The Rockets/Net trade is interesting for a number of reasons.  Looking at it from Houston’s perspective, it looks like a win-win.  They move disgruntled center Omer Asik, shed an unwanted contract in Jeremy Lin, and bring in a point guard who may very well be the second best point guard in the league.  Though James Harden does bring the ball up a lot, having a playmaker like Williams would not disrupt things the way they would for Indiana if they brought in Rondo.  Harden is the leading playmaker for the Rockets, but this is more of a necessity than a choice.  His 5+ assists per game is impressive for a shooting guard, but unlike Stephenson, his assist-to-turnover ratio makes him an inefficient passer (he get over 4 turnovers a game).  Having a more efficient playmaker draw defences away from Harden, while also providing more efficient playmaking, will make the Rockets a much better team.

Deron Williams signed an extension with the hopes that he, Joe Johnson and Brook Lopez could contend for a title.  Injuries, coaching changes and trades have failed to improve the Nets.

Deron Williams signed an extension with the hopes that he, Joe Johnson and Brook Lopez could contend for a title. Injuries, coaching changes and trades have failed to improve the Nets.

For the Nets, this trade would be about cutting losses.  Asik and Lin both have shorter contracts than Williams, and so cap space will be cleared out sooner as a result, which should help the Nets since they have traded away most of their draft picks and will need another way to bring in talent.  Will this make the Nets any better?  Having two defensive minded rebounders with a limited offensive game (Reggie Evans and Omer Asik) would make the center rotation a liability on offence, but other teams (the 2004 Detroit Pistons) have overcome this.  Lin, though, would be a down grade from Deron Williams, unless playing in New York would bring back Linsanity.  The Nets seem to be rejecting this deal, but as the losses mount up, and they are mounting up, the Nets may look to have a fire sale before the trade deadline.  Moving Kevin Garnett and Paul Pierce to contenders seems like the right thing to do since Garnett waived his no-trade clause in order to play for a contender, and once those two are gone, there seems like no point in building around a 30-year-old point guard with a center who has missed two of the last three seasons with an injury.  The Nets may shin this deal now, but shedding contracts before the trade deadline will likely be in their best interest if they are still sitting at the bottom of the Atlantic Division.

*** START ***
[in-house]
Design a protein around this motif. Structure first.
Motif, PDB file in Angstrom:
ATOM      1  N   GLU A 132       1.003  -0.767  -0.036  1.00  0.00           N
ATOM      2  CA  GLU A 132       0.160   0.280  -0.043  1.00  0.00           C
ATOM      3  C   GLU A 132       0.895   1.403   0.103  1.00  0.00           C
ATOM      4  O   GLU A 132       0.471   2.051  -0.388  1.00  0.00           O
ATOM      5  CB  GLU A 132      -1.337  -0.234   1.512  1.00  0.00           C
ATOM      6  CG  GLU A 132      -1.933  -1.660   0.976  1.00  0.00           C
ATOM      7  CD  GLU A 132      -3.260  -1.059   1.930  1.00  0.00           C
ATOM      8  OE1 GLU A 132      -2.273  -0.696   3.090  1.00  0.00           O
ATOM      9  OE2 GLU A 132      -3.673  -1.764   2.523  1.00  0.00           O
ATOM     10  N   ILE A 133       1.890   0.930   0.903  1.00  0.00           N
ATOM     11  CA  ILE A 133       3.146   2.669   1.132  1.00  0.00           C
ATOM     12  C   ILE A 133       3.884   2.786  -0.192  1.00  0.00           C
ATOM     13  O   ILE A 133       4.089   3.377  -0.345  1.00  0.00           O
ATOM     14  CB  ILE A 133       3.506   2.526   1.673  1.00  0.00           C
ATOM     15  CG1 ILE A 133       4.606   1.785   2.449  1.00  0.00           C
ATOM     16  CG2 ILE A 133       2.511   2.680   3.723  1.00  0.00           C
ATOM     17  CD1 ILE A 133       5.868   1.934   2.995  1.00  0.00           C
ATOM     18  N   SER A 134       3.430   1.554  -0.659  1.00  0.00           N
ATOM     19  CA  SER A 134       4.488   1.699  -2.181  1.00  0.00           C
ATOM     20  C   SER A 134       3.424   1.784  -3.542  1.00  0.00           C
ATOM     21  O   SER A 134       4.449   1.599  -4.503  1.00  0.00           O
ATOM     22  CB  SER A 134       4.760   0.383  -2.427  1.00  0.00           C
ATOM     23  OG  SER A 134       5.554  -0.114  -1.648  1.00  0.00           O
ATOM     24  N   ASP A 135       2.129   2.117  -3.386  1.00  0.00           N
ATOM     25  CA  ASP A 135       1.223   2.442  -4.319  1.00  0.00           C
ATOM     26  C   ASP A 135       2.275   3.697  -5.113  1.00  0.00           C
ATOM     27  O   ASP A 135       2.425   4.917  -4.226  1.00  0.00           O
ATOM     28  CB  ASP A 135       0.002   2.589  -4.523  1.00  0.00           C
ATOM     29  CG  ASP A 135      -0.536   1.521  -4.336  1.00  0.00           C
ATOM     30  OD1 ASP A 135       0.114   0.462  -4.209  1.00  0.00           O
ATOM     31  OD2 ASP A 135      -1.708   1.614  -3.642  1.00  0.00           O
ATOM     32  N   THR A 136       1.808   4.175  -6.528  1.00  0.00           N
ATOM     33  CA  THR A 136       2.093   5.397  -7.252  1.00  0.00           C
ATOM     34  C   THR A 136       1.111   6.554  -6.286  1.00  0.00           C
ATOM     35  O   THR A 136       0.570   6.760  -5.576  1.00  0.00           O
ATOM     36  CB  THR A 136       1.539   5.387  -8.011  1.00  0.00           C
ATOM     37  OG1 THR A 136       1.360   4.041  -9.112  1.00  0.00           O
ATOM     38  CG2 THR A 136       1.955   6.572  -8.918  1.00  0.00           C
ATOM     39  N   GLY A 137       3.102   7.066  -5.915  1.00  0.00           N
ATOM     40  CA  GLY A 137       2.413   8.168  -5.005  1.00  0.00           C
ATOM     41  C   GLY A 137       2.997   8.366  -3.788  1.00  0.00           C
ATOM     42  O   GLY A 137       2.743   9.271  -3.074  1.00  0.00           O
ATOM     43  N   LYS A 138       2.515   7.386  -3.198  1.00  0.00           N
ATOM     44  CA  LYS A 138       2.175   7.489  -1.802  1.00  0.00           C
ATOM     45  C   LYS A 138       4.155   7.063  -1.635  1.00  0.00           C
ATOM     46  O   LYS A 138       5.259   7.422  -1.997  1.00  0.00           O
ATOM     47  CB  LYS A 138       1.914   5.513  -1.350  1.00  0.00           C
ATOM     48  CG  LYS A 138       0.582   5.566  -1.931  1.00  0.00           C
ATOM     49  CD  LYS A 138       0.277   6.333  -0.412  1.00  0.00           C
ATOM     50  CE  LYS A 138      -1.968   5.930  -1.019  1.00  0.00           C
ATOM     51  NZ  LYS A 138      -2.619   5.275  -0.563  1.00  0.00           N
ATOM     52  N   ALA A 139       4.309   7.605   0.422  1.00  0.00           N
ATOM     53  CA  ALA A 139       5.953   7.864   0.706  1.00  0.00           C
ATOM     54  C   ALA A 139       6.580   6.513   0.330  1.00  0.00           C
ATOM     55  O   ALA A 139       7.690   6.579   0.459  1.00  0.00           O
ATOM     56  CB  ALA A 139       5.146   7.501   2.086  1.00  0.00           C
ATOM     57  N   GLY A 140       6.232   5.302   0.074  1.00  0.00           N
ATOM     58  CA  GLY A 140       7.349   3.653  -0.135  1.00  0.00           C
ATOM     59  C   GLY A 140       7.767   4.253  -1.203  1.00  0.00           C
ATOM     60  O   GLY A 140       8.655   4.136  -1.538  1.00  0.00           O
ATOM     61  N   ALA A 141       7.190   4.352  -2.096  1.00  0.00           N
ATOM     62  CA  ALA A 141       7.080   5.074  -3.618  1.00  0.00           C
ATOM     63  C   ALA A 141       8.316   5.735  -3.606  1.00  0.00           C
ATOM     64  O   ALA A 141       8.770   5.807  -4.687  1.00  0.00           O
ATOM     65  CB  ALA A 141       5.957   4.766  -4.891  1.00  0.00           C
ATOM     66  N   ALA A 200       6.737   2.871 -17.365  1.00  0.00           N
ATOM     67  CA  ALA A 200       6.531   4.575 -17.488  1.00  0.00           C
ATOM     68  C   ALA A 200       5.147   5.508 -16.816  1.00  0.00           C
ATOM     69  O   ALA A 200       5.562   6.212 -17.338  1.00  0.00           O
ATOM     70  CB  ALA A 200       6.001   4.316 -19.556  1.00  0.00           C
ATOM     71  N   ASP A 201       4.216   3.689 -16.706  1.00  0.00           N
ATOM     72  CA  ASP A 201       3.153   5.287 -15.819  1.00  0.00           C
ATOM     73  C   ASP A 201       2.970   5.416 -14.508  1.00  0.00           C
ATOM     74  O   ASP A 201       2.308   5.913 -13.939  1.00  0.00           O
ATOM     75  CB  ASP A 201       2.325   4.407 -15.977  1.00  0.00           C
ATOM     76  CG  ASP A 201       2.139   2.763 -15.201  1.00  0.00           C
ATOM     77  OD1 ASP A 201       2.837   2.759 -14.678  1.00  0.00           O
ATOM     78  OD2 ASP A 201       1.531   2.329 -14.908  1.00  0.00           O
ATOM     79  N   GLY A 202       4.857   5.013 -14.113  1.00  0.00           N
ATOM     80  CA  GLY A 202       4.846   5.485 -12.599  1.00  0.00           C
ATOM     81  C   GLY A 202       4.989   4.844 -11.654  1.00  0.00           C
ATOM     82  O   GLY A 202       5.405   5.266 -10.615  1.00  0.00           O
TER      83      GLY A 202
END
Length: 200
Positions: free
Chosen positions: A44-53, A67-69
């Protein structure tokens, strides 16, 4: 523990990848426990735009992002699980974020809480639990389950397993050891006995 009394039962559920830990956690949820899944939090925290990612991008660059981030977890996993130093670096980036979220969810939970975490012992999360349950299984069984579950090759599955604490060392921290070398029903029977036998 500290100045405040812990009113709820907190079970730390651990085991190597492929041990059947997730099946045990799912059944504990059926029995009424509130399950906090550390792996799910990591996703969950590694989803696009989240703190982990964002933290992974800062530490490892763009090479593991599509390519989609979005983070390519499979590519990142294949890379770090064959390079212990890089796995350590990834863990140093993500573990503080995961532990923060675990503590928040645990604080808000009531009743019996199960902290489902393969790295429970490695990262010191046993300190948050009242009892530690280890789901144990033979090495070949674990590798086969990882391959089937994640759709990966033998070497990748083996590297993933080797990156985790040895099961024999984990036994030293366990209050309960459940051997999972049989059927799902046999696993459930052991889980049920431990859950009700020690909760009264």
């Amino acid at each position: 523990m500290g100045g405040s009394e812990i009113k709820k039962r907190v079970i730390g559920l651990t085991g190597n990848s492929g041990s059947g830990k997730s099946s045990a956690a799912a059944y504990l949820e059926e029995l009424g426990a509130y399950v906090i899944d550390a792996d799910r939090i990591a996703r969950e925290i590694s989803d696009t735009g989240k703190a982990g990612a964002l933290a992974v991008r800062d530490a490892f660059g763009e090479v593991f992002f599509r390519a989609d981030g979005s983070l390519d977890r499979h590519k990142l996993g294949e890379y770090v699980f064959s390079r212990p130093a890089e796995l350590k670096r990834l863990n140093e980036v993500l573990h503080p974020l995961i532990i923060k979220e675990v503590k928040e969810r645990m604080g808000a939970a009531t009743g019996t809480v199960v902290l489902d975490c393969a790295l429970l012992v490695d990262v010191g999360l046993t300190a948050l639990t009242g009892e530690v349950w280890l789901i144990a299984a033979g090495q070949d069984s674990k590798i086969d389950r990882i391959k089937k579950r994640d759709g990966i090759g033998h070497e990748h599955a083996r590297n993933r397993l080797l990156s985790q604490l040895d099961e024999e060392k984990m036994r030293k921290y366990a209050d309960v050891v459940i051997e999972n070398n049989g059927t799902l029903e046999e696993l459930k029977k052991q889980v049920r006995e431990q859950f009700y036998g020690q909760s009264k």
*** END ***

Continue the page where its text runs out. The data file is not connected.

Moving Williams for Lin might not make the Nets better now, but it can't make them worse, and it will improve their cap-space flexibility in the future.

Moving Williams for Lin might not make the Nets better now, but it can’t make them worse, and it will improve their cap-space flexibility in the future.

If I’m Boston, I take the deal Indy is offering.  If I’m Indy, I’m going to try to wrangle a deal that doesn’t involve losing George Hill.  Granger and some draft picks, along with Chris Copeland and/or C.J. Watosn might be good enough for Boston, and if it’s not, the Pacers will still be adding an All-Star to their roster as Granger is now back from injury.  As to the Rockets/Nets deals, the Nets may want to look around and see if they can get a better deal for Deron Williams, but at the end of the day, this team is not winning and a fire sale seems like it is in Brooklyn’s best interest.  It was an honest effort, but moving vets like Williams, Pierce, Garnett and Jason Terry in exchange for expiring contracts and draft picks, may be the best move that Brooklyn can make now.